On 3/21/2013 4:40 PM, John Mikes wrote:
> Dear Bruno,
> it is so fascinating to read about "universal machines".
> Is there a place where I could learn in short, understandable terms
> what they may be? Then again the difference between a 'Turing machine'
> and a 'physical computer' (what I usually call our embryonic Kraxlwerk).

Hi John,

    When Bruno discusses Machines, they are never something that might
inhabit your lab. It is the computer program X that generates an exact
simulation of a physical system that has exactly the functional space
required to run X. A logical loop of sorts. It does *not* run on just
any one or finite subset of the hardware box that is a physical system.
Do you see why?


> I grew up into my science without computers, got my doctorates in 1948
> and 1967 and faced a computer first on a different continent (USA) in
> 1980. At that time I had already ~30 patents and a reputation of a
> practical scientist.  
> So I need more than the 'difference' into the universal.

    You have a difficulty with Bruno because he lives in an abstract
universe where he does not have to work within the constraints of the
physical world. The computers I know of do constrain and thus influence
the programs that can run on it!

>
> Descriptions I saw turned me off. My chemistry-based polymer science
> does not give me the base for most (and mostly theoretical!)
> descriptions. 
> How'bout common sense base?
> John M
>
> On Thu, Mar 21, 2013 at 2:02 PM, Bruno Marchal <marc...@ulb.ac.be
> <mailto:marc...@ulb.ac.be>> wrote:
>
>
>     On 21 Mar 2013, at 02:32, Stephen P. King wrote:
>
>>     Are physical computers truly "universal Turing Machines"? No!
>>     They do not have infinite tape, not precise read/write heads.
>>     They are subject to noise and error.
>
>
>     The infinite tape is not part of the universal machine. A
>     universal machine is a number u such that phi_u(x, y) = phi_x(y).
>
>     Please concentrate to the thought experiments, the sum will be
>     taken on the memories of those who get the continuations, and the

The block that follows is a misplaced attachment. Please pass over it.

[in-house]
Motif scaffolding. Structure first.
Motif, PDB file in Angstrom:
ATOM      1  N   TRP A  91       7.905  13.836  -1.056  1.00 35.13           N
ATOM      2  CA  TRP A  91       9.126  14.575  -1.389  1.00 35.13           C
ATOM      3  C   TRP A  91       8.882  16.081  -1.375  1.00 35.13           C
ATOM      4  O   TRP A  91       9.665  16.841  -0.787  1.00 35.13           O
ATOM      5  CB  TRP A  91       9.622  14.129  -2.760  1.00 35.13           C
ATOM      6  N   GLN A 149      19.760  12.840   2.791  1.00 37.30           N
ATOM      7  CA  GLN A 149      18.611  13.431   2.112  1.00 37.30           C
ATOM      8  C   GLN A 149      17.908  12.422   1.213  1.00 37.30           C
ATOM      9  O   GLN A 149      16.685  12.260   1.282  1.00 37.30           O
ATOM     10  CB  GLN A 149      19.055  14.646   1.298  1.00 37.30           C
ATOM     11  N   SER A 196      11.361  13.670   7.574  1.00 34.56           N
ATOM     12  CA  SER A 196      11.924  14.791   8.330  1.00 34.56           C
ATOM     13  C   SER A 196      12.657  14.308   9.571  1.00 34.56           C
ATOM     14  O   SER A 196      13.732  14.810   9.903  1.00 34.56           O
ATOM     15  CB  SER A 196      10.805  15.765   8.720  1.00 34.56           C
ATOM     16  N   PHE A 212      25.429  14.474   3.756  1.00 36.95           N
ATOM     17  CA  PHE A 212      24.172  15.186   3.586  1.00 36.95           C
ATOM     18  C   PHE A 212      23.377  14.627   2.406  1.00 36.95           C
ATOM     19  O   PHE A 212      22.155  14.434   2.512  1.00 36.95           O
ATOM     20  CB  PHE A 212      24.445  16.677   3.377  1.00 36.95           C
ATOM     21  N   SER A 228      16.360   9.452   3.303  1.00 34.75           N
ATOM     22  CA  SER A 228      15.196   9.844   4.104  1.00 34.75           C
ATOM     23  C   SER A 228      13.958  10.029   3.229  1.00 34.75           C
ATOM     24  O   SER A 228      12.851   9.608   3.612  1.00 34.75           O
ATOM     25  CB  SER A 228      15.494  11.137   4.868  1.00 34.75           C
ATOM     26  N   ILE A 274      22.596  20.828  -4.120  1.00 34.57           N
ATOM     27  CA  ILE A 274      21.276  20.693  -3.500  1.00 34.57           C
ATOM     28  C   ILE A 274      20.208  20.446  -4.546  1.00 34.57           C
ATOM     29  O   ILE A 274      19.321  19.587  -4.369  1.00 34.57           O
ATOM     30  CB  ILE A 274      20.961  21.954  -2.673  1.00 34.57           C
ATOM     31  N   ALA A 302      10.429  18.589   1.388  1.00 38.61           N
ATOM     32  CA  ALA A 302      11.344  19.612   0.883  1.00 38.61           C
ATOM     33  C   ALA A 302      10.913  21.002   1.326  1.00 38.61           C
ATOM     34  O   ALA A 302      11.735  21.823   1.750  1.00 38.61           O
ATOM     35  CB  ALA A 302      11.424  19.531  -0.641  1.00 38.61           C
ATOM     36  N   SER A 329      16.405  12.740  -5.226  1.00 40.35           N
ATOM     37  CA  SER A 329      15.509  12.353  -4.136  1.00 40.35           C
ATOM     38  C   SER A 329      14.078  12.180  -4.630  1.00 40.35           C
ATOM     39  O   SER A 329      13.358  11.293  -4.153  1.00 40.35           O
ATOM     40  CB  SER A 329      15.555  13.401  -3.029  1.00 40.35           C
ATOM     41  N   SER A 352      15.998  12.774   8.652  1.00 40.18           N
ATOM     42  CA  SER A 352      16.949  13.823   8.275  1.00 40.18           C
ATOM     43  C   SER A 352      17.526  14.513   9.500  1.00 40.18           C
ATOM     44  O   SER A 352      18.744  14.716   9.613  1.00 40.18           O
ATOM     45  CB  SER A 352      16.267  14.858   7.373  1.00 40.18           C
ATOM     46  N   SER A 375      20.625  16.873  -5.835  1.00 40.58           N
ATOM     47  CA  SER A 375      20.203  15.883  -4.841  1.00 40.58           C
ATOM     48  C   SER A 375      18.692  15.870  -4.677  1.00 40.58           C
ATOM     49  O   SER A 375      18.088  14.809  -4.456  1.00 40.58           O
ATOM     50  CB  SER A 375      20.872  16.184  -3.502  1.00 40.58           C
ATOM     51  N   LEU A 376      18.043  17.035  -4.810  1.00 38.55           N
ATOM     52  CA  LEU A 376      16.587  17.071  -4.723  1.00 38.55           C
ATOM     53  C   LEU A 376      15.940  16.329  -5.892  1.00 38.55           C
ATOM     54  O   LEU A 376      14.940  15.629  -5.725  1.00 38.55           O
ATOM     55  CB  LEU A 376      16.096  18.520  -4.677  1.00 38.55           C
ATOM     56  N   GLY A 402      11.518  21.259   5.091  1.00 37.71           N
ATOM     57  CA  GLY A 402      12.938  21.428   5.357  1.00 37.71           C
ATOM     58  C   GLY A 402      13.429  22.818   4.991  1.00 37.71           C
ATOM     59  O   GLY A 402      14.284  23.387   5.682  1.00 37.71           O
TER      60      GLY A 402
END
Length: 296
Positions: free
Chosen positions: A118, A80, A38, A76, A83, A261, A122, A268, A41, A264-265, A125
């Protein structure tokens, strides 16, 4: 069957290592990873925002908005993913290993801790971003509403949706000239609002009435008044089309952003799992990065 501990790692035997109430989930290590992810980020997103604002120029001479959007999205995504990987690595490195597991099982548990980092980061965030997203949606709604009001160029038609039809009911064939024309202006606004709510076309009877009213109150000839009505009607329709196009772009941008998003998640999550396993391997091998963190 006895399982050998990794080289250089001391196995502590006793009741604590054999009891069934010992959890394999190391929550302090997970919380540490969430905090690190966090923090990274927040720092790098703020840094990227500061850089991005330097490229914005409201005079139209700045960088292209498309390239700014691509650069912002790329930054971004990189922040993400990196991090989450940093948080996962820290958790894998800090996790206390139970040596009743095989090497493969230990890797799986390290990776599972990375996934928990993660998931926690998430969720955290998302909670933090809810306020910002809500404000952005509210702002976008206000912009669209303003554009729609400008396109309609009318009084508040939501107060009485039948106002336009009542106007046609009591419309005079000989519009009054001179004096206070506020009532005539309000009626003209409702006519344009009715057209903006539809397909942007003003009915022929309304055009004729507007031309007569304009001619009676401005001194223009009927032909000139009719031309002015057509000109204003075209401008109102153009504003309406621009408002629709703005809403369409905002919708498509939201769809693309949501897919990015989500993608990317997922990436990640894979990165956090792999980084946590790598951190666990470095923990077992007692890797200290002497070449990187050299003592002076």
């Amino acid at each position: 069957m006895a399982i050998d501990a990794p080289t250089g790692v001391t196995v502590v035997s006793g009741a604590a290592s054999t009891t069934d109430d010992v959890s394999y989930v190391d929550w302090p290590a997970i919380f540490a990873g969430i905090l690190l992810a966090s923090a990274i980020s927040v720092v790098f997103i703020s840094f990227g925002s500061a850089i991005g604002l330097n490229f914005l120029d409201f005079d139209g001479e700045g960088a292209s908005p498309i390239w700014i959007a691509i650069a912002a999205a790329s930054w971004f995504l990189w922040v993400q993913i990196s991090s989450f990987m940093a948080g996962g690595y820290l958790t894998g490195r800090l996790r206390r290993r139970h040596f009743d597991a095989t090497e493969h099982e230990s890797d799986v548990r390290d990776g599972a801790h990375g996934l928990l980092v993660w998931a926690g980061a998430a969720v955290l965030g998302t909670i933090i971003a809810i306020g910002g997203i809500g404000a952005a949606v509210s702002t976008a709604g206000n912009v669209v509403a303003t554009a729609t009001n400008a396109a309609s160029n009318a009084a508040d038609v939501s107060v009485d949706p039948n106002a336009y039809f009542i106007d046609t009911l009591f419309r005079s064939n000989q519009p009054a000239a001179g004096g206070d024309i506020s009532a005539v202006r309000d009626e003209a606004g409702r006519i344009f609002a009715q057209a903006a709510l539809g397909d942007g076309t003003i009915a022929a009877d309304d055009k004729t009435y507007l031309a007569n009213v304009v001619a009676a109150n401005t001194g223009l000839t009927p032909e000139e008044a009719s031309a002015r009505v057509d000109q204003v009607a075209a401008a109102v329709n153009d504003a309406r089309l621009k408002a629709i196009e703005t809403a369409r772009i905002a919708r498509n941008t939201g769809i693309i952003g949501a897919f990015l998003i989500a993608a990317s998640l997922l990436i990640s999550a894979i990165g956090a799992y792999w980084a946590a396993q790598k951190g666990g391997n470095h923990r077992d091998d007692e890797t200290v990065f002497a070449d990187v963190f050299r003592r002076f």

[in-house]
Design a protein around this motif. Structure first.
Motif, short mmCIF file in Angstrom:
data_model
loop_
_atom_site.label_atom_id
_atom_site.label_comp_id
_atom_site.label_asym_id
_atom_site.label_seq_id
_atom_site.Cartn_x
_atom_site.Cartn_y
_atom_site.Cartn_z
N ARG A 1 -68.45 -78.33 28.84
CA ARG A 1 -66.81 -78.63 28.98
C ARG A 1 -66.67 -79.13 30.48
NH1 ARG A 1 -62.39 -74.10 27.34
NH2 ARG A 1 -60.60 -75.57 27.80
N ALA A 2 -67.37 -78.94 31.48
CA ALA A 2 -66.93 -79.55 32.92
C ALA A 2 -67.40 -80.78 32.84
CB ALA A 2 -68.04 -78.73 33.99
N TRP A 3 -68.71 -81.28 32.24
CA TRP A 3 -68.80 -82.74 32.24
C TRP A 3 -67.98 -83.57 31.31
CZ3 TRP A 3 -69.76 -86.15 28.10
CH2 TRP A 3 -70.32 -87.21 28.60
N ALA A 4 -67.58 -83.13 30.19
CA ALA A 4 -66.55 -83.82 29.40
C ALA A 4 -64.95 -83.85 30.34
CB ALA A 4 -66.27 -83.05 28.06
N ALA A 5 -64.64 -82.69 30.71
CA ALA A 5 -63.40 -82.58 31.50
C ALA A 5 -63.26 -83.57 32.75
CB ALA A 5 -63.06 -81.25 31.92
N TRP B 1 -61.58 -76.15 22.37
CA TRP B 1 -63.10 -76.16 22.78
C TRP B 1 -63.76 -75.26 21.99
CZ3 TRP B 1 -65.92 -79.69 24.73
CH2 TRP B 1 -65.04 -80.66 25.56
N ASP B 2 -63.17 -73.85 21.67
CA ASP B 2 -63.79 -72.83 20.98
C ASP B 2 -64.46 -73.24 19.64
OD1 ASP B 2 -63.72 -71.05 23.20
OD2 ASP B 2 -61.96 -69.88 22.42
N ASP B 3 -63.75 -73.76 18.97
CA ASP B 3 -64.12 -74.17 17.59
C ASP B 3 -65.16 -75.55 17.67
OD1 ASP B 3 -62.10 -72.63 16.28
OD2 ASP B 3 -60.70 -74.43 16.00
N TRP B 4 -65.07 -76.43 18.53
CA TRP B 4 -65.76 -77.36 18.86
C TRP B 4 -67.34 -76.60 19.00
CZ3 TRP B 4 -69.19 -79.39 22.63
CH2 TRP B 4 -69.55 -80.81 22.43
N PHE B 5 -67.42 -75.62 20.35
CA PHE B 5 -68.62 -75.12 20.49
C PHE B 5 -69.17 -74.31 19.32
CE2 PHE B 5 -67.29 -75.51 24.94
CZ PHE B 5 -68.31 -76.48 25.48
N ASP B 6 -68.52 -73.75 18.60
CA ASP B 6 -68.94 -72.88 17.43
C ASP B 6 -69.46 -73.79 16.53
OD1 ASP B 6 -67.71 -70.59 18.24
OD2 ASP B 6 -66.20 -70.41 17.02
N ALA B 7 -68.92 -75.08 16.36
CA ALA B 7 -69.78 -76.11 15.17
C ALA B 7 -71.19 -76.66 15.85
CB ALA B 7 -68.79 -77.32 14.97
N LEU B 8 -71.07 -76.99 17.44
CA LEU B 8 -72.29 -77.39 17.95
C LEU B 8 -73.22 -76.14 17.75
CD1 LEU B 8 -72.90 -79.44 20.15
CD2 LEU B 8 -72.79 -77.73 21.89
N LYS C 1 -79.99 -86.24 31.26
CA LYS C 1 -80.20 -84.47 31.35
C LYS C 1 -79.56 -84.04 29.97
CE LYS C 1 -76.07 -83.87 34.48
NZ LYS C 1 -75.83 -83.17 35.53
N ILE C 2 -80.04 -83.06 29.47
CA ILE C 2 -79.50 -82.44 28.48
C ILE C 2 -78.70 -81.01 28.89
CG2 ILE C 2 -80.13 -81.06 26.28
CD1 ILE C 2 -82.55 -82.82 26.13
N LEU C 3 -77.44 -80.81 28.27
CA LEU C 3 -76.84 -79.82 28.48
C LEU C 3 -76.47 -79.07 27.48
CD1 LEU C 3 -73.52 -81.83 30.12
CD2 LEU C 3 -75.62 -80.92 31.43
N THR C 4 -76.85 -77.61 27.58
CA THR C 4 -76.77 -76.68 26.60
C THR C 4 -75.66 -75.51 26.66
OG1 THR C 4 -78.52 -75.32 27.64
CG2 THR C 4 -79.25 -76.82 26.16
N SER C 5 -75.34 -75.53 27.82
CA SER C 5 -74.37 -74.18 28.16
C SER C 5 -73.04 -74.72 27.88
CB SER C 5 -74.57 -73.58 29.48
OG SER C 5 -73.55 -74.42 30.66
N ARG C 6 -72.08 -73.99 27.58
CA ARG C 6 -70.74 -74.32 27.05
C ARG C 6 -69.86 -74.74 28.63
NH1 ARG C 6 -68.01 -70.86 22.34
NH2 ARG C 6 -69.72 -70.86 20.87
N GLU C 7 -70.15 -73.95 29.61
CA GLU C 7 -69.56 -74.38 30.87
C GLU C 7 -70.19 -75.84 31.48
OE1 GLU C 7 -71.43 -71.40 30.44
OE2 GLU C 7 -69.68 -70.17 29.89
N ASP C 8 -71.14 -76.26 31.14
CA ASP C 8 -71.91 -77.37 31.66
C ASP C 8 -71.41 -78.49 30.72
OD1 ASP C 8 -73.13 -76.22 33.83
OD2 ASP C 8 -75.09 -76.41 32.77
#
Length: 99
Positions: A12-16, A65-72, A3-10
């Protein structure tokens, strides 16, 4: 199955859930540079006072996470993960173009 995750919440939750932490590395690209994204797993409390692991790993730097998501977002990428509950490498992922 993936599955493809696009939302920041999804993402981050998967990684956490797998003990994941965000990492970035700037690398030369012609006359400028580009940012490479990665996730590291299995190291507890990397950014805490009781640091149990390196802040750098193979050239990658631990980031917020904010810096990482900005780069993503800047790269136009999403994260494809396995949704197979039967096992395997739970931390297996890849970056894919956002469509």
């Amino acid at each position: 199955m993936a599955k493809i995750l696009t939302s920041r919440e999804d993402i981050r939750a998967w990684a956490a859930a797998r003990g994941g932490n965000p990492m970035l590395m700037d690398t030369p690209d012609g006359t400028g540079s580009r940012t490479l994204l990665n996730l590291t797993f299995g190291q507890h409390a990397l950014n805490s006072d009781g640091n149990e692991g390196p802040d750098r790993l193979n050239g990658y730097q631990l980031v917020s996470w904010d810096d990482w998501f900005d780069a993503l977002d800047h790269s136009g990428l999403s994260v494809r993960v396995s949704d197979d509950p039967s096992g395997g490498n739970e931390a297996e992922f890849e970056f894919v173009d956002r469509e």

>     extensions. 
>
>     When a löbian universal number run out of memory, he asks for more
>     memory space or write on the wall of the cave, soon or later. And
>     if it does not get it it dies, but from the 1p, it will find
>     itself in a situation extending the memory (by just 1p indeterminacy).
>
>
>     Universal machines are finite entities. Physical Computer are
>     particular case of Turing machine, and can emulate all other
>     possible universal number, and the same is true for each of them.
>     All universal machine can imitate all universal machines.
>     But no universal machines can be universal for the notion of a
>     belief, knowledge, observation, feeling, etc. In those matter,
>     they can differ a lot. 
>
>     But they are all finite, and their ability is measured by
>     abstracting from the time and space (in the number theoretical or
>     computer theoretical sense) needed to accomplish the task. 
>
>     That they have no precise read/write components, makes them harder
>     to recognize among the phi_i, but this is not a problem, given
>     that we know that we already cannot know which machine we are, and
>     form the first person point of view, we are supported by all the
>     relevant machines and computations. 
>
>     And they are all subject to noise and error, (that follows from
>     arithmetic).  Those noise and errors are their best allies to
>     build more stable realities, I guess.
>
>     Bruno
>
>
>
>
>     http://iridia.ulb.ac.be/~marchal/
>     <http://iridia.ulb.ac.be/%7Emarchal/>
>
>
>
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-- 
Onward!

Stephen

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